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Hell to the Chief 

#Unfit preaches a case against Trump to the choir

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They may be hard to remember right now, but allow me to take you back to the carefree days of July 2016. Multiplexes around the country (remember them?) were showing such movies as the Ghostbusters reboot, Star Trek Beyond and The BFG, but also, depending on where in the country you happened to be living, a "documentary" by filmmaker, author, convicted felon and unrepentant bullshit artist Dinesh D'Souza. It was titled Hillary's America: The Secret History of the Democratic Party—and if you are reading this publication, you almost certainly didn't see it.

That's because, despite being released in an election year, Hillary's America was not remotely about offering ideas to sway anyone who was on the fence about their presidential voting choice. It was pure agitprop, a 106-Minutes-Hate pitched at the red-hat-wearing true believers, all built upon the ongoing American conservative fetishization of what the Republican and Democratic Parties were 50 or 100 years ago, rather than what they are now.

It's important to note that this prologue in no way suggests that director Dan Partland's #Unfit: The Psychology of Donald Trump is as intellectually dishonest as Hillary's America, or anything else tainted by association with D'Souza; there doesn't appear to be a fact out of place. It is, however, worth noting that #Unfit is just as unnecessary as Hillary's America, in the sense that its only conceivable audience is one that believes all of this already. In non-fiction filmmaking terms, it's less a piece of journalism than it is a concert film, playing the hits to an audience that knows what it wants to hear.

The focus of Partland's thesis is that Donald Trump is mentally ill—again, not exactly a notion that is going to inspire gasps of shock from the target audience. It is, however, interesting to watch some of the psychologists and psychiatrists interviewed for the film explain what might keep more of their colleagues from voicing similar warning calls: the "Goldwater Rule," established when mental-health professionals leveled similar charges against then-Republican nominee Barry Goldwater in 1964, and the notion of diagnosis without personal examination was rejected. The talking-heads here argue that ample evidence exists without needing to sit in a room with the guy, and besides, the Tarassof Rule—the requirement that a medical professional tell authorities when someone is an imminent threat to others—supersedes other considerations.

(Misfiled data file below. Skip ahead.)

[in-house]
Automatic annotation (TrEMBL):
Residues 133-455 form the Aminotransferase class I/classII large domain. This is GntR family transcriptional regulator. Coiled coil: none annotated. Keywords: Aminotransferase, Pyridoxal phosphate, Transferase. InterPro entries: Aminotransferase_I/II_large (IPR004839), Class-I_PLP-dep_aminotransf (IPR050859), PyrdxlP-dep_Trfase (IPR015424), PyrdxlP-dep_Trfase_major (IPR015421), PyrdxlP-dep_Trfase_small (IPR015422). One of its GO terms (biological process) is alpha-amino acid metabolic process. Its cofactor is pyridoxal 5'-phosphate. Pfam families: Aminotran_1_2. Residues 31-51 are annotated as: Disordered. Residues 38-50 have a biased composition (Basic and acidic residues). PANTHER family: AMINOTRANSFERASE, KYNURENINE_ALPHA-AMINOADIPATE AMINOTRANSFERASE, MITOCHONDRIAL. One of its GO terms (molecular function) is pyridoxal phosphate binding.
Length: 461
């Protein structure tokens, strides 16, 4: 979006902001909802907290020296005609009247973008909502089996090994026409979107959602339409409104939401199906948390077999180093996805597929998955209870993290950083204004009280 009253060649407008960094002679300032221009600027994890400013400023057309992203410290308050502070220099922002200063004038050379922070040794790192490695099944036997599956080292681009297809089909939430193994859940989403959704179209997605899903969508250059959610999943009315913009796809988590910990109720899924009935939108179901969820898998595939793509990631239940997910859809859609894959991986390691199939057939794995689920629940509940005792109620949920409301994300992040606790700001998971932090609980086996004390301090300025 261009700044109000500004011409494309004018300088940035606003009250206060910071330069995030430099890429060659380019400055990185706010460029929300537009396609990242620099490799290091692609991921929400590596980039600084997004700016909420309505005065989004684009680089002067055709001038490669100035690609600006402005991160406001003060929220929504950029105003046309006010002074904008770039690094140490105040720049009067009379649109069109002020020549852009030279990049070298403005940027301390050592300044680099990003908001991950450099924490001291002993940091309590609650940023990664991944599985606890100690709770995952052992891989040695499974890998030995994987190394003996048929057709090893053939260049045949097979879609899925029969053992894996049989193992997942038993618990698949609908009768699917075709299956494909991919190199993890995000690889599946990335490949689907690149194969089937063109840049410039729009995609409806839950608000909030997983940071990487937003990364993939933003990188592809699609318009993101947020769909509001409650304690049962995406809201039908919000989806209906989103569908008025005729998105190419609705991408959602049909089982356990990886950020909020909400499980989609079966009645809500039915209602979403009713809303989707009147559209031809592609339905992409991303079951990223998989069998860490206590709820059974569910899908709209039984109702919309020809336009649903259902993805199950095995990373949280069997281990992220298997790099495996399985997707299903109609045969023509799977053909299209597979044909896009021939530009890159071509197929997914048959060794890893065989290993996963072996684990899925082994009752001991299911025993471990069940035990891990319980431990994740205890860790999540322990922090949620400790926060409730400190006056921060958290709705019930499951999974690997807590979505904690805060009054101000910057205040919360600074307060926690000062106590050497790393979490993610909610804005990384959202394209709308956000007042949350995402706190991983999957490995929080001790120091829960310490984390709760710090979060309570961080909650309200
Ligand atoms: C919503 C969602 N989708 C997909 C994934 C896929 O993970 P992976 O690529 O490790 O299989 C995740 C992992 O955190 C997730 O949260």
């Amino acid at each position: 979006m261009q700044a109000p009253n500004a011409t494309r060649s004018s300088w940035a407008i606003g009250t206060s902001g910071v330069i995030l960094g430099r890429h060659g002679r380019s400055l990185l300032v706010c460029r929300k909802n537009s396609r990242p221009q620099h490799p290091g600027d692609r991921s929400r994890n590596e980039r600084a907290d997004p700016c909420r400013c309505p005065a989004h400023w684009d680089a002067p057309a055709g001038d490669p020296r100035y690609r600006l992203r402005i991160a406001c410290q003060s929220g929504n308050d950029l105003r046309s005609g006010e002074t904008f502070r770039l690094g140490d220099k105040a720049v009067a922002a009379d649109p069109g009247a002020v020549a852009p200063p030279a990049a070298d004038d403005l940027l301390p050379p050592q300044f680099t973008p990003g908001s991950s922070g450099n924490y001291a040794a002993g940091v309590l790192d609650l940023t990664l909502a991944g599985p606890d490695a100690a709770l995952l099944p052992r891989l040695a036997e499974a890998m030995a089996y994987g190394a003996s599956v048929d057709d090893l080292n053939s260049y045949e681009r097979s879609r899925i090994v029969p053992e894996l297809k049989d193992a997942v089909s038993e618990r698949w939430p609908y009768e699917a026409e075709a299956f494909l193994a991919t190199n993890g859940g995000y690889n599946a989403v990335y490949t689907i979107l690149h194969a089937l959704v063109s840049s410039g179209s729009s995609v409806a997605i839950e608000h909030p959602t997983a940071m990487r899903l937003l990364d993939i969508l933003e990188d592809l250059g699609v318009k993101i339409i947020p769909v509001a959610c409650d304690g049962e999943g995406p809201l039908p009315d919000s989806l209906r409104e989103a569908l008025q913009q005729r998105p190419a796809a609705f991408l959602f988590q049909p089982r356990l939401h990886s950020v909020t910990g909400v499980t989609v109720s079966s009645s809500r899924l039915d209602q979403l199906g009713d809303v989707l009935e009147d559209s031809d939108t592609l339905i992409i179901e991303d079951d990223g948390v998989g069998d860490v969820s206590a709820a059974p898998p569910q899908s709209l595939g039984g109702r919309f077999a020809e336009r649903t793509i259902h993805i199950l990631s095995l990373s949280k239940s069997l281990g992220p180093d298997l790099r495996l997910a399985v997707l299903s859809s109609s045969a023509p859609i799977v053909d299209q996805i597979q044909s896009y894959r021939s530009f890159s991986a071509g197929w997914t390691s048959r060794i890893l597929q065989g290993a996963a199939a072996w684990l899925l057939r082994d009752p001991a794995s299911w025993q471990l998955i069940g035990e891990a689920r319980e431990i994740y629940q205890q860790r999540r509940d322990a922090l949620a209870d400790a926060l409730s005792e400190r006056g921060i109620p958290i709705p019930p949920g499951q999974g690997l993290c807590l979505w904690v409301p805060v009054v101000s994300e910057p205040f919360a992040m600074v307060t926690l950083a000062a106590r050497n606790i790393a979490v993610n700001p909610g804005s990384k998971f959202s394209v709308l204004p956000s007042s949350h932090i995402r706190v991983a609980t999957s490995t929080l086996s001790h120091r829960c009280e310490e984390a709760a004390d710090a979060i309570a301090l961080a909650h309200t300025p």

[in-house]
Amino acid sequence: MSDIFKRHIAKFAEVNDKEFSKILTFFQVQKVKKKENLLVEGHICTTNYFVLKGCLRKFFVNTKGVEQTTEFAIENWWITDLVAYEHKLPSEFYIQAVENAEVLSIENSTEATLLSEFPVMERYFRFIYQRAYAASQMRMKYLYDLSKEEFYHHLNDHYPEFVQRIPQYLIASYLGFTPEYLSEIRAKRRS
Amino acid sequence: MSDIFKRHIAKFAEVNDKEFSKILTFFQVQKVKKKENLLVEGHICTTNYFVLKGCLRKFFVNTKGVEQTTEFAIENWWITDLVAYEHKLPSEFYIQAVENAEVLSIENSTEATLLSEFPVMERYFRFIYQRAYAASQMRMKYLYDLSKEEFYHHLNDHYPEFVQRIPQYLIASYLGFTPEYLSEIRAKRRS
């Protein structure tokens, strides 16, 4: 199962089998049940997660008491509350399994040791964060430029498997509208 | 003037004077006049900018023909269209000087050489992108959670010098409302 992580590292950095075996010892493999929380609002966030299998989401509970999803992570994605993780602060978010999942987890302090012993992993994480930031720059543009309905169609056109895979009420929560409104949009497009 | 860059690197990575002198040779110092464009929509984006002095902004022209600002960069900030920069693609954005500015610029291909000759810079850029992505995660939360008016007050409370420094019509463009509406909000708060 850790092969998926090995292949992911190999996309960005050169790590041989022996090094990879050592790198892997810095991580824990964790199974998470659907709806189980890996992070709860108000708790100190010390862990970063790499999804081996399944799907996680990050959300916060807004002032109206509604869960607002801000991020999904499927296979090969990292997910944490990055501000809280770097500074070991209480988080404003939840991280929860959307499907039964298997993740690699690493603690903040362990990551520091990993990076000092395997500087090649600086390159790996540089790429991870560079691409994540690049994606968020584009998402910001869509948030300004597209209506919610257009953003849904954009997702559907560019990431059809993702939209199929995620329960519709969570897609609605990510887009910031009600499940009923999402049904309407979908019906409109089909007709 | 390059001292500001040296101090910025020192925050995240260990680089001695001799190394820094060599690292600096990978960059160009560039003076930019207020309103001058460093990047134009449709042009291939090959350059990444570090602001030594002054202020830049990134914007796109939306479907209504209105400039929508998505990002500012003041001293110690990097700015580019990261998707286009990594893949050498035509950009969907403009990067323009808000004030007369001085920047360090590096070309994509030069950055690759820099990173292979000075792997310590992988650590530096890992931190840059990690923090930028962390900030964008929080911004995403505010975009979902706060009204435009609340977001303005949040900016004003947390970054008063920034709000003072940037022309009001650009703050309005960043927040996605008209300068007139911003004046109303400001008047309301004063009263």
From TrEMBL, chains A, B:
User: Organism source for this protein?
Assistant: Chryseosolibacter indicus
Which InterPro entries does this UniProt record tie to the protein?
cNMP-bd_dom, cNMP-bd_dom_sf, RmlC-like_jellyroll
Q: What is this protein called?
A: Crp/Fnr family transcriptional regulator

Thus follows a parade of evidence for what the professionals identify as the four building blocks of Trump's pathology: narcissism, paranoia, anti-social personality disorder and sadism. And again, it's not like any of this should be particularly surprising, though it might be an amusing diversion from all the horrifying material when veteran sportswriter Rick Reilly lays out Trump's long history of cheating at golf. We've spent a lot of time since the 2016 election exploring historical analogies to Trump's authoritarian streak; rest assured that in all the talk about Goldwater Rules and Tarassof Rules, nobody interviewed in #Unfit is going to get particularly worked up about Godwin's Law.

If there's anything particularly irritating about #Unfit, it's the way Partland tries to fold anti-Trump Republicans like George Conway and Bill Kristol into the mix. In the first place, laypeople—even laypeople who have had the opportunity to observe Trump up close—opining about his fitness for office isn't really what this is supposed to be about. But there's no excuse at all for allowing ex-White House staffer Anthony Scaramucci several minutes to defend Trump supporters with the ever-popular "economic anxiety" world's-tiniest-violin concert. As tempting as it might be to include voices from both sides of the "Trump is an asshole" aisle, that kind of soft-pedaling feels like a real case of not knowing your audience.

Partland gets in and out of #Unfit in a tidy 83 minutes, so it's not as though he hammers on the self-evident for too long—unless you begin from the premise that he didn't need to hammer on it at all. Like all election-year partisan filmmaking—whether from a Michael Moore or a Dinesh D'Souza—this is a movie that exists solely to rally the base. If the past four years have had you in a near-constant state of furious agitation, maybe you owe it to yourself to rest your nerves, and feel content that this movie isn't going to make you vote against Trump any harder.

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